How To Choose The Right Gravel Bike For You

May 28, 2021

If you’re thinking of getting a gravel bike, you’re not alone. The all-terrain versatility of these multi-strata machines has driven their growing popularity and led to more and more models to choose from. Navigating those options to find the best gravel bike for you depends on a number of key considerations: 

Tire Clearance

Fundamentally, the capacity to use wider tires – with a variety of tread patterns – in order to successfully take on “loose” terrain is what most distinguishes a gravel bike from its venerable road cousin. Based on relatively longer chainstays and functional profiling in the back triangle of the bicycle frame, the best gravel bikes today can provide tire clearance of up to 700x45c. If you’re looking for even more fun in the muck, you can opt for a model that allows you to swap in a 650B wheel, providing even more footprint to take on the elements.

Wider tires provide the added benefit of accentuating ride comfort. That said, a well-rounded gravel machine should also shine with more road-friendly tires, – say 28c – allowing you to keep pace with any peloton at no disadvantage. Stability at high speeds and manoeuvrability are also must if you’re looking for the ‘one’ bike to do it all.


Although the difference in geometric configuration of a gravel bike and that of its road counterpart is not obvious at first glance, it is significant. The accommodation of wider tires, combined with the longer-range nature of a gravel/adventure ride, result in a frame design that features a relatively longer wheelbase. Furthermore, a slacker headtube angle produces a more upright, sustainable riding position. That said, a well-balanced gravel bike doesn’t overdo it on either of these aspects, ensuring good manoeuvrability and responsiveness.

Another geometric variable to keep in mind is bottom bracket (BB) height, basically the distance between the wheel axles and the bottom bracket on the frame. A lower BB height leads to better stability and cornering. A higher BB will clear bumpy terrain better, but may sacrifice some steadiness. The right choice for you all depends on what kind of terrain you see yourself riding.

Geometry drawing for X3

Frame Material

Gravel bike frames come in variety of materials, each with their relative merits and disadvantages. Aluminium is the most affordable lightweight option, but does not make for the most comfortable ride and is susceptible to material fatigue over time. Steel bikes are renowned for their comfort and durability, but are relatively heavier and rust never sleeps, particularly for a bike that will be out and about in a variety of conditions and elements.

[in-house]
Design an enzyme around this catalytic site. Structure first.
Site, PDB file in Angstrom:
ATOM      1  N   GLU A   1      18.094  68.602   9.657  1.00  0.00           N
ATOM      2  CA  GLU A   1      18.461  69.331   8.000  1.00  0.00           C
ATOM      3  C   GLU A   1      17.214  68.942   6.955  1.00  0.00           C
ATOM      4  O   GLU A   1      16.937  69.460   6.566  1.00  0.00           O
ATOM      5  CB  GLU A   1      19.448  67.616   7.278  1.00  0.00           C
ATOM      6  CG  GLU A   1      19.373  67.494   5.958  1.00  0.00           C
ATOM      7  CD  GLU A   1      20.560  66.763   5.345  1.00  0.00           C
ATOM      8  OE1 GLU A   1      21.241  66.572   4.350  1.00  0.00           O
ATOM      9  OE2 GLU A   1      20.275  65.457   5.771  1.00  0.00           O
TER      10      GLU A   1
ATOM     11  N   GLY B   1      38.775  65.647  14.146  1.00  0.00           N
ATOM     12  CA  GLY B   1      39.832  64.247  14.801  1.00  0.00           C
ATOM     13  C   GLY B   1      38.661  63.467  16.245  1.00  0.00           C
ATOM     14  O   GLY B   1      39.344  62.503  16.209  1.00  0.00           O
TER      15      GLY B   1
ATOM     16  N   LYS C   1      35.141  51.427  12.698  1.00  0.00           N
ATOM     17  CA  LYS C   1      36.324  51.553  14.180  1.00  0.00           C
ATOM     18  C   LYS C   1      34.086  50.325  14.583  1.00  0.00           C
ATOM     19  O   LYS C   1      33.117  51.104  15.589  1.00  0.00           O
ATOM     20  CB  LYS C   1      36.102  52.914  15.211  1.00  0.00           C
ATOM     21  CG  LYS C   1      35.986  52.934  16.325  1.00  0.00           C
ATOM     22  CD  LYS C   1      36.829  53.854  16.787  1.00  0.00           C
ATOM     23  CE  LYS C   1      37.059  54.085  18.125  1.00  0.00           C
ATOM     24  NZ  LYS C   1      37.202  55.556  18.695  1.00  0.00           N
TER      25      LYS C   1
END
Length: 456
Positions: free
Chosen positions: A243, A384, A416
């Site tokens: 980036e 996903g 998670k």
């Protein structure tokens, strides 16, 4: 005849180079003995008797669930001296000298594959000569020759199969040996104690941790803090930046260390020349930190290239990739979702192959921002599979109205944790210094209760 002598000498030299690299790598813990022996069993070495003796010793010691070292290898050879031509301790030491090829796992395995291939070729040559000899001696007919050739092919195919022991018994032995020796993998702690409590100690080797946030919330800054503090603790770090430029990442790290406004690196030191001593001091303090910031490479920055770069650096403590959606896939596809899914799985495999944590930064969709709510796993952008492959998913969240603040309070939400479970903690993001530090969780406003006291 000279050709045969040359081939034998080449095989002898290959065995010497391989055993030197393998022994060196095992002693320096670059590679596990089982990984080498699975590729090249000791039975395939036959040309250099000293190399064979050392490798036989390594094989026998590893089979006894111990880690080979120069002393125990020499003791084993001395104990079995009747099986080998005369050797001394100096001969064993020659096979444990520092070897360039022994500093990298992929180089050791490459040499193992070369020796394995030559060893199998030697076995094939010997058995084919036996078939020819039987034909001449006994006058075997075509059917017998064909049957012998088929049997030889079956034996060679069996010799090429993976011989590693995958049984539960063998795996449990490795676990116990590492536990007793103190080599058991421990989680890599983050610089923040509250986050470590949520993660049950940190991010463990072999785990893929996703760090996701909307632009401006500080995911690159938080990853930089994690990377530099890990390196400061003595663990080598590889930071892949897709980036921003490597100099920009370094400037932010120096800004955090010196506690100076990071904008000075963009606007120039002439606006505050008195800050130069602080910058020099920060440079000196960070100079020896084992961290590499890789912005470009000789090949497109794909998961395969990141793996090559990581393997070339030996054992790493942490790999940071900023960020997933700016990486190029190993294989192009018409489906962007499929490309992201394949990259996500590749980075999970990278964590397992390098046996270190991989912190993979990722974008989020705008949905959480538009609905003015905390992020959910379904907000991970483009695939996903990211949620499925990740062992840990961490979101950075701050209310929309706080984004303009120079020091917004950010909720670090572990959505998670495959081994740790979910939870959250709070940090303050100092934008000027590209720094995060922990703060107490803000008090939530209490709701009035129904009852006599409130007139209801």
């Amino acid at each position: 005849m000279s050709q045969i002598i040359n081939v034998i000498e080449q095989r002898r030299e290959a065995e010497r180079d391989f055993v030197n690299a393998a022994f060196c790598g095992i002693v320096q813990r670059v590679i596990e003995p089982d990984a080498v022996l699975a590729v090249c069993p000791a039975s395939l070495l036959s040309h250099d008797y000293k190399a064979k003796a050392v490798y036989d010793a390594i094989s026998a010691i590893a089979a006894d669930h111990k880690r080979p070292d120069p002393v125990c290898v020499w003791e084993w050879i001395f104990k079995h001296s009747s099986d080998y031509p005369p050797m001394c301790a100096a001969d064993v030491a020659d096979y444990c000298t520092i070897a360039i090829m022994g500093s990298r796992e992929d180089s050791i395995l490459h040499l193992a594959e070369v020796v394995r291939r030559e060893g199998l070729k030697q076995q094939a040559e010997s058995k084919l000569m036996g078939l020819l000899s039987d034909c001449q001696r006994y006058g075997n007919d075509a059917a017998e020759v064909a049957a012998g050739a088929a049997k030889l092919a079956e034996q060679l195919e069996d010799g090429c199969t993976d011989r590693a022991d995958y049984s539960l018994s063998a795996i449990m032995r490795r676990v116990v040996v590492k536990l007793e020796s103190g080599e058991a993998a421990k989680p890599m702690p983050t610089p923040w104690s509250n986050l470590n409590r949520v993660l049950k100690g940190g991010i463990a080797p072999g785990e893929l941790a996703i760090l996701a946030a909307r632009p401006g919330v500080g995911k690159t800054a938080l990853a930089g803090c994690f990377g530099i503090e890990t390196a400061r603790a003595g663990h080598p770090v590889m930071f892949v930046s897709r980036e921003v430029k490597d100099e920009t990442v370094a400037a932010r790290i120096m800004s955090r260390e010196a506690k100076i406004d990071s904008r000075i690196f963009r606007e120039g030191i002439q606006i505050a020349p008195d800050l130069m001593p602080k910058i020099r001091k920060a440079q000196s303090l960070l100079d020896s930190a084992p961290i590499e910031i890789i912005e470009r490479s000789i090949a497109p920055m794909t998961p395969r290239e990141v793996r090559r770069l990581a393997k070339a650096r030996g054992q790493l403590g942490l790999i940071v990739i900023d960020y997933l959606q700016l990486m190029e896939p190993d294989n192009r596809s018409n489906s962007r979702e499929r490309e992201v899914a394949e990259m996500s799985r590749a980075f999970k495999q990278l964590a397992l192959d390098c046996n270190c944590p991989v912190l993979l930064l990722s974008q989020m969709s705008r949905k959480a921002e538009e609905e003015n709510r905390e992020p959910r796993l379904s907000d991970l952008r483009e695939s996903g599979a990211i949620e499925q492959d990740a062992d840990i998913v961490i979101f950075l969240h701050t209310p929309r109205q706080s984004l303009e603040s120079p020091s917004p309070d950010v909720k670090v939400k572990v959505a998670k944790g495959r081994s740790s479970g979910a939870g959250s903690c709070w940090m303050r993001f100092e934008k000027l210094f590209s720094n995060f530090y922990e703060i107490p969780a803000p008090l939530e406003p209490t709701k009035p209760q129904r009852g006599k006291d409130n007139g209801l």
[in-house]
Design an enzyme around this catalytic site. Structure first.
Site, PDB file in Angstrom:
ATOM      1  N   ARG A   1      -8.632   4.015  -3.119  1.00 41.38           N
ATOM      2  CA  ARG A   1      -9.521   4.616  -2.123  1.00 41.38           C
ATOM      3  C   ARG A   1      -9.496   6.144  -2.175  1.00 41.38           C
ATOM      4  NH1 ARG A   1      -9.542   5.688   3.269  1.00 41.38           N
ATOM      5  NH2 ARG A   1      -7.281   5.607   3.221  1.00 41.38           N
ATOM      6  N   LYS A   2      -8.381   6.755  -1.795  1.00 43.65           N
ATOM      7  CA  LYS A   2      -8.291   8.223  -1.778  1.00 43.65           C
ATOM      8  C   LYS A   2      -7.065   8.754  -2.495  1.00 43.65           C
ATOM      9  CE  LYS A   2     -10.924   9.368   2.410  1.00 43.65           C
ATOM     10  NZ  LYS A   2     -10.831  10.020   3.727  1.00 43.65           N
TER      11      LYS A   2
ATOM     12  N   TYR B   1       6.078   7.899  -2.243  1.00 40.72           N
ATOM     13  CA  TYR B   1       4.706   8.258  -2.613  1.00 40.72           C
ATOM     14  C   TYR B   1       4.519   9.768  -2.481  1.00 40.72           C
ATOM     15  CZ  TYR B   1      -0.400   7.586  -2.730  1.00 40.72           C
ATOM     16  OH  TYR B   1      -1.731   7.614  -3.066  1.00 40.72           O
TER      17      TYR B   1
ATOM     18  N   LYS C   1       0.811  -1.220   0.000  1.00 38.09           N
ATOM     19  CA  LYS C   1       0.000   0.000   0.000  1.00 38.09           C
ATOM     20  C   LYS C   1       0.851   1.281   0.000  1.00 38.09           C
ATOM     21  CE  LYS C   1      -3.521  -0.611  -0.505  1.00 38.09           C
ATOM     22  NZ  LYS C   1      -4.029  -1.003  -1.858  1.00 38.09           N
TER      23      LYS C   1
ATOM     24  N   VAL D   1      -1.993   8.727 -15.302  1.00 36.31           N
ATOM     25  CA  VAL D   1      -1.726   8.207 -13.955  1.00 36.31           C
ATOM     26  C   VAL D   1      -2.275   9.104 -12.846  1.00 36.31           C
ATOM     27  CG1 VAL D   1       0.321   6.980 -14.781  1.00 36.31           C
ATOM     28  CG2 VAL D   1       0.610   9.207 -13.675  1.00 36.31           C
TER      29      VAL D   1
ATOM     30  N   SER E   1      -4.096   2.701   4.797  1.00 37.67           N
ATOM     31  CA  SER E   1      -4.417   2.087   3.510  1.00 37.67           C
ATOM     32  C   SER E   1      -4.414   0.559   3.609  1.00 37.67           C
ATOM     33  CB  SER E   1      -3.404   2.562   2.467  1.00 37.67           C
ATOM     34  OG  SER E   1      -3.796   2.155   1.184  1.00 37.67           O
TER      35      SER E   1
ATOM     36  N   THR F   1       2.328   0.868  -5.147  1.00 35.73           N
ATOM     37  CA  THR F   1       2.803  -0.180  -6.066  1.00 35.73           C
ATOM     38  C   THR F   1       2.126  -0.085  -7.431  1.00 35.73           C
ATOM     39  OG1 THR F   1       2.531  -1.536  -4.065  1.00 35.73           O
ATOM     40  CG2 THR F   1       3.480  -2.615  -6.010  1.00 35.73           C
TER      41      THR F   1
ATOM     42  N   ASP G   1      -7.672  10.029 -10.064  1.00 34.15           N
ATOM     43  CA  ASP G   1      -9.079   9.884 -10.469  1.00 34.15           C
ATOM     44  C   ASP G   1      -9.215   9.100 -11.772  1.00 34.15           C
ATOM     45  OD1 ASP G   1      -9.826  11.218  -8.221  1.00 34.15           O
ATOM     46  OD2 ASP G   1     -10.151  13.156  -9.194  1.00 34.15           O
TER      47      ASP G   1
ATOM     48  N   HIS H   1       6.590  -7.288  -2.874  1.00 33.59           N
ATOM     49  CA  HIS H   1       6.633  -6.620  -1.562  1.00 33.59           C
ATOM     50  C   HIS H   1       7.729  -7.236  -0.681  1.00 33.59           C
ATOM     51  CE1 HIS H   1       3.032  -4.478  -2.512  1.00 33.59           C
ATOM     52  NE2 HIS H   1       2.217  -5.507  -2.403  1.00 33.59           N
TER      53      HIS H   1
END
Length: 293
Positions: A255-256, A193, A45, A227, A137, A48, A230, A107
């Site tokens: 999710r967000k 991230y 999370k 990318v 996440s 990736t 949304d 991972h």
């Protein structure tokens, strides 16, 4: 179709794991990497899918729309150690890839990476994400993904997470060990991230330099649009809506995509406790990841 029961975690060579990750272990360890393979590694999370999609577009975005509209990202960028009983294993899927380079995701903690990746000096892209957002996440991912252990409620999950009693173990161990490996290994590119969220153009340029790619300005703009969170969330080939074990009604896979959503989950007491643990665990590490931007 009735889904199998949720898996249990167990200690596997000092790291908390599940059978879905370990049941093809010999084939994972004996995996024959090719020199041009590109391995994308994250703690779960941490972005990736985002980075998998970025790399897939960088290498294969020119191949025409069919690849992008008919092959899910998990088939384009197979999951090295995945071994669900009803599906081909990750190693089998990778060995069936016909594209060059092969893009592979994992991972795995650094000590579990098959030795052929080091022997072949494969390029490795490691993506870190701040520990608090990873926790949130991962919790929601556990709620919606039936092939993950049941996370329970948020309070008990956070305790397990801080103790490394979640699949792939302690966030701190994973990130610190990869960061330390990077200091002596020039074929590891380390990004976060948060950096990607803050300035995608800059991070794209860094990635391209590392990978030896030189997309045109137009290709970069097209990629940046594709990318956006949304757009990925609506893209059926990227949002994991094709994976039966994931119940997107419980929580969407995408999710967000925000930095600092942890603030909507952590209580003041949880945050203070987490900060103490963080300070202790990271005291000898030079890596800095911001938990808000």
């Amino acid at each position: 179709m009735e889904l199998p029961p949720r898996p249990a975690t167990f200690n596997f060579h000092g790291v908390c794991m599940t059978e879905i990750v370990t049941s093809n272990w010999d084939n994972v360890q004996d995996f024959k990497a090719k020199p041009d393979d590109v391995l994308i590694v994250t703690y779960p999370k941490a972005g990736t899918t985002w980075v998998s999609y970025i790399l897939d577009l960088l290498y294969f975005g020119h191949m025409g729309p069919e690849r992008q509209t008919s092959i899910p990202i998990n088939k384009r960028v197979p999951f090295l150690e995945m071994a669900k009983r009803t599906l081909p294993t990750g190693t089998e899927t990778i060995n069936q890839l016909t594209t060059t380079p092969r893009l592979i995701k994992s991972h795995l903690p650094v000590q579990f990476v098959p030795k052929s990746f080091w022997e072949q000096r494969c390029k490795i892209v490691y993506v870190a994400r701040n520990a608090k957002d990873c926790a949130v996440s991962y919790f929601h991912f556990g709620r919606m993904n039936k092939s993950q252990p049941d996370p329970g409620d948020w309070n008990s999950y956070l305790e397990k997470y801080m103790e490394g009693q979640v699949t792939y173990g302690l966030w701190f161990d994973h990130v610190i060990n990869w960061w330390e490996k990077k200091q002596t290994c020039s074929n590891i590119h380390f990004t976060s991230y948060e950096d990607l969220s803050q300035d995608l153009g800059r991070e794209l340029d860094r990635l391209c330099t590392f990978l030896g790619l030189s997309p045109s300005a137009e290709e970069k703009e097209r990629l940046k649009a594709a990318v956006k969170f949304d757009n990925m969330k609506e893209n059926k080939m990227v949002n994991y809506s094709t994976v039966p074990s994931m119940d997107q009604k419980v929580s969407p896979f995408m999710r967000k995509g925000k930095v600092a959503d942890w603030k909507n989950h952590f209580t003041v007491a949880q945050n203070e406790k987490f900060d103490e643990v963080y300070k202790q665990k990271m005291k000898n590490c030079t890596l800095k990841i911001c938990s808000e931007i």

When it comes to a high-end gravel bike, two materials rise above the rest: carbon and titanium. Choosing the right one for you comes down to an understanding of your needs and how they are served by each of these materials. In essence, carbon fiber generally sets the standard with regards to the stiffness-to-weight ratio, delivering the ultimate in lightweight performance. It can also be formed any which way the frame designer wants it to be, typically resulting in the shapely, modern aesthetic most cyclists today prefer. The relative weakness of carbon is sturdiness – simply put, carbon frames can crack under impact. Titanium, on the other hand, is the gravel connaisseur's choice, offering uncomparable durability and a superior stiffness-to-weight-to-comfort ratio. With the advent of new school, shaped titanium frame profiles, nothing compares to its everlasting beauty.


Gravel bikes used to be built-up with your basic road bike parts and fatter tires. Today, a number of gravel-specific component options are available to enhance the off-roader experience:

Beginning with hydraulic disc brakes, which are not exclusive to gravel bikes, but whose infallible, all-conditions performance and modulation is of particular importance in the rain or on a muddy trail. More advanced gravel bikes use a flat mount standard of disc brake, offering a lighter and more streamlined setup versus post mount versions.

Gravel-specific drivetrains (ex. Shimano GRX) feature a clutch rear derailleur. The reason for the clutch mechanism is to tension the chain to keep it in place when riding over bumpy terrain, minimizing the risk of the chain slapping the chainstay or coming off completely.

Talking gravel bikes invariably brings up the 1x versus 2x debate. Once again, which side you land on depends on your preferences. If you’re entering gravel biking from the road side, you will probably be more comfortable with a double chainring (2x) setup. That will provide a hill-friendly gear ratio and more overall gearing options. If you are more about keeping it simple and lowering potential repair costs, go 1x.

Finally, some gravel bikes feature flared drop handlebars for more comfortable hand positions and added control on rough terrain.

The list of options for a gravel bike goes on. At the end of the day, it comes down to identifying the brand / model that most checks off the boxes on your personal list of criteria, including your budget. Once you find the one, the thinking and talking about bike frame specs and components can stop – it’s time to focus on your riding adventures, and the possibilities in that regard are endless.